California Centers

MAR 2018

California Centers Magazine serves retailers, developers, shopping center owners, investment sales brokers and tenant representation firms throughout the state of California.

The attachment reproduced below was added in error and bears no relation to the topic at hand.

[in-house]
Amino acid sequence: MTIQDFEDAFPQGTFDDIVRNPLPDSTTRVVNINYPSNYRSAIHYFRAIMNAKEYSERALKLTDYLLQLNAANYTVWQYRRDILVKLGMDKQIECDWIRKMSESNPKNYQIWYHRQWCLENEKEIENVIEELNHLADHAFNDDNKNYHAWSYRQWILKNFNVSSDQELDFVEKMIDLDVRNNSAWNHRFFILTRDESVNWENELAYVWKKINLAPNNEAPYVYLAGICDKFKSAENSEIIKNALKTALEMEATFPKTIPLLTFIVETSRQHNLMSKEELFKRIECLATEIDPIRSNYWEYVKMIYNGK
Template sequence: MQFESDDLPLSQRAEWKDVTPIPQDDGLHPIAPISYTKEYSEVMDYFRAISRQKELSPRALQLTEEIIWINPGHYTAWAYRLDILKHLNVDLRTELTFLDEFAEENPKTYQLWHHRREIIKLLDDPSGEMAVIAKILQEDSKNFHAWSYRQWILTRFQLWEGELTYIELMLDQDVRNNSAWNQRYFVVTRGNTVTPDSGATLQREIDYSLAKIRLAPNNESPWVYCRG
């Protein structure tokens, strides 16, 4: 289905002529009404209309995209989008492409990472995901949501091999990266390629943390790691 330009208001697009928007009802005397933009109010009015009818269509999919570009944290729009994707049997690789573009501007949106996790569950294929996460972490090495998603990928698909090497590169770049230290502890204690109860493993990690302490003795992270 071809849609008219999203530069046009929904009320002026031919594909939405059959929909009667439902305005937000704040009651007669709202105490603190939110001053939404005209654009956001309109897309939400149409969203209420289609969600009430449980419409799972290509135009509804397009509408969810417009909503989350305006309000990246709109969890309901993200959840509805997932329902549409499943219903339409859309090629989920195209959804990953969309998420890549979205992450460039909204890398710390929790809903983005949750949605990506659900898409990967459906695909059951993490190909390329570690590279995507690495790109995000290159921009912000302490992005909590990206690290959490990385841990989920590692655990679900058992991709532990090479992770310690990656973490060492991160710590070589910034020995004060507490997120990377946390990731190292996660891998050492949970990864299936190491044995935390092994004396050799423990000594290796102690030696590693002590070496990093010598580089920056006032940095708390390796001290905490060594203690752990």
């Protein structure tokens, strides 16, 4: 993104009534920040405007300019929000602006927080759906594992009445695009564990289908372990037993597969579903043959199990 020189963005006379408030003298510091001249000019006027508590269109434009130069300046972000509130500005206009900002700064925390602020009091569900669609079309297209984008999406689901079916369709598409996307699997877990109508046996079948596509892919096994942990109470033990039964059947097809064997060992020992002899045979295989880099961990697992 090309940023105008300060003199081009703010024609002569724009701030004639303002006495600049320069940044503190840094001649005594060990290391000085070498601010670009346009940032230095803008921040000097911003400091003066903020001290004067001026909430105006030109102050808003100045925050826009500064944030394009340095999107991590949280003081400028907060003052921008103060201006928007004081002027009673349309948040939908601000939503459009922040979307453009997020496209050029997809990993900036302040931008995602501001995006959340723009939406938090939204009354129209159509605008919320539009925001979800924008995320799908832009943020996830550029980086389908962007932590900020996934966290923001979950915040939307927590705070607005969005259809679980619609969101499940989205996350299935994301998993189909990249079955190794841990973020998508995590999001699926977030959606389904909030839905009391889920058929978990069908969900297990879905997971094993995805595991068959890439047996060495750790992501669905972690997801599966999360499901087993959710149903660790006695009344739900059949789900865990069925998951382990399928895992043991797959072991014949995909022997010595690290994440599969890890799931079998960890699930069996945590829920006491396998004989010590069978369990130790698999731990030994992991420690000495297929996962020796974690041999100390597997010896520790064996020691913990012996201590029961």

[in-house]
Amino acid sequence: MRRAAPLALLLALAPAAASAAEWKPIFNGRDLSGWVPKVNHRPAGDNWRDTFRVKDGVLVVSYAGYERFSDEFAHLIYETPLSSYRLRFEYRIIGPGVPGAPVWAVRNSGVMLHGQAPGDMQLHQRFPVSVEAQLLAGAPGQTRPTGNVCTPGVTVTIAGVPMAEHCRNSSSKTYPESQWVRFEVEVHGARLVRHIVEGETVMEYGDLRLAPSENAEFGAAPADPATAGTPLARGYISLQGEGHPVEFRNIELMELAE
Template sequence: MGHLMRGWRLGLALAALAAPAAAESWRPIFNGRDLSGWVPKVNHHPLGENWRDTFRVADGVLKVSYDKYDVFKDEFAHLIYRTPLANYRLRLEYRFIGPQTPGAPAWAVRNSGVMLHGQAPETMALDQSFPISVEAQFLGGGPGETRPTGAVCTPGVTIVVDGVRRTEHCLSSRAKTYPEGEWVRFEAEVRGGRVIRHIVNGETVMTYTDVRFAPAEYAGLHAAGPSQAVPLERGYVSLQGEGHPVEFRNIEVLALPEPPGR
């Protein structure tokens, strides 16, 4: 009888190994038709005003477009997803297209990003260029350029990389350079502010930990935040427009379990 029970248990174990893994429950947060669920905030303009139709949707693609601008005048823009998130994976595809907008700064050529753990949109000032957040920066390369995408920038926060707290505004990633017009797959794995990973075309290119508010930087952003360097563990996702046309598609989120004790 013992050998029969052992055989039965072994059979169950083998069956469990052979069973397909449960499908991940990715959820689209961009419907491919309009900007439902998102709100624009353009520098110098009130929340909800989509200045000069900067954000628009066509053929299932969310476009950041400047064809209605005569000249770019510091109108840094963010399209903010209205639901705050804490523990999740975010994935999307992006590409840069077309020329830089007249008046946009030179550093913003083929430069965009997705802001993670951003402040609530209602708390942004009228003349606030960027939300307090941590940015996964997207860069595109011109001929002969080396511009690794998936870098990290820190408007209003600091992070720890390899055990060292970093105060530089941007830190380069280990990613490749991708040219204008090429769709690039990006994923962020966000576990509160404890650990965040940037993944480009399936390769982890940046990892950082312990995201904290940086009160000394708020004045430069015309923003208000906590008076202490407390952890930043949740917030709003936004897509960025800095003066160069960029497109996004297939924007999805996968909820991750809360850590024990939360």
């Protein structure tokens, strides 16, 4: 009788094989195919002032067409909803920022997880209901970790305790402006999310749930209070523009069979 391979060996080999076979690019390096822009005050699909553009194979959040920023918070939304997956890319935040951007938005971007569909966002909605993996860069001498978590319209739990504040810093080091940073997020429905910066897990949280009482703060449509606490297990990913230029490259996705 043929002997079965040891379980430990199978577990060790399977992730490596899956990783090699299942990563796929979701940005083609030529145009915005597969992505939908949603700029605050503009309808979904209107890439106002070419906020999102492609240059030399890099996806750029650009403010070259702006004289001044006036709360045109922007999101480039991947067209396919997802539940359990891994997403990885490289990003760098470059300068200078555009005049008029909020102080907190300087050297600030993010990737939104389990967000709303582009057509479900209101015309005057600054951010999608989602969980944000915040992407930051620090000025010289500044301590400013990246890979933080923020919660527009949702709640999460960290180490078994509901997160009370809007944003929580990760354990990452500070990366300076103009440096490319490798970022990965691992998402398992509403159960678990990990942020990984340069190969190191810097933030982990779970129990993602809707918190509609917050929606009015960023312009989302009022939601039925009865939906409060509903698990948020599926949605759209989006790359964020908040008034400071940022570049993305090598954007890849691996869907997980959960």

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12 California Centers Magazine | March 2018 C C enthusiasts the world over; and a new generation of fans, thanks to the hit show "Big Little Lies", which also has literary roots. This is great news for the "big fish" like American Assets Trust, which have managed to set up shop here. The company's 675,678-square-foot Del Monte Center is the area's only region- al shopping center within a 24-miles- radius. The outdoor center features 75 national and regional retailers, includ- ing Apple, Williams-Sonoma, Whole Foods, Kara's Cupcakes, Thinker Toys and Green's Camera World. Much of the center's success is due to its long history with the city and continued improvements. The center opened in 1967 and underwent renovations and expansions in 1987 and 2007. Schoeder believes it's this kind of forward thinking that has given a few key landlords and tenants a literal key to the city, with land in the 1960s through '90s acting as Monterey's own version of the Gold Rush. "The benefits to investors are that you don't see an oversupply here," he says. "There is less competition. You really won't have someone go down the street to look for a lower price or a wider selection of merchandise. For retailers, your competitors just can't come in. You can specialize in differ- ent categories. You have little risk of a category killer moving in next door because the opportunities are not there." Just Moved The retail monopoly Monterey is (and has been) experiencing doesn't just apply to tourists. Though they outnumber residents 10 to 1, experts agree you shouldn't bet against the home team. The average household income is $83,117, and the captured audience can mean big business for a select few. "Costco has done very well," Schoeder continues. "There are no other competitors to Costco here. The Home Depot has also done extremely well. Lowe's is trying to get in here but they can't find a location." True to its coastal atmosphere, the Monterey community also favors its mom and pops — some of which have been around for decades. "The mom and pops in Monterey have a nuanced understanding of their community," Rusher says. "In a market like Monterey, the locals sup- port those businesses because they know those people and want to sup- port their community. In addition, tourists, who tend to be more affluent here, come to an area like Monterey to escape the national chains." Schoeder points out, however, that these retailers tend to be in older buildings by the very nature of the fact that they've been around for decades, before the water moratorium and enti- tlement processes got out of hand. "Mom and pops do bring in more local traffic," he says. "But because construction costs are so high, mom and pops would not be able to afford to go into anything new around here. Triple-net, from scratch, would be at TODAY'S IDEAS. TOMORROW'S REALITY. Civil Engineering | Surveying | Construction Management | Entitlement Services www.CDRwest.com | 949.610.8997 | Newport Beach, CA Uptown Monterey is a 25,319-square-foot center with retailers Trader Joe's, Peet's Coffee, Chipotle and Massage Envy.

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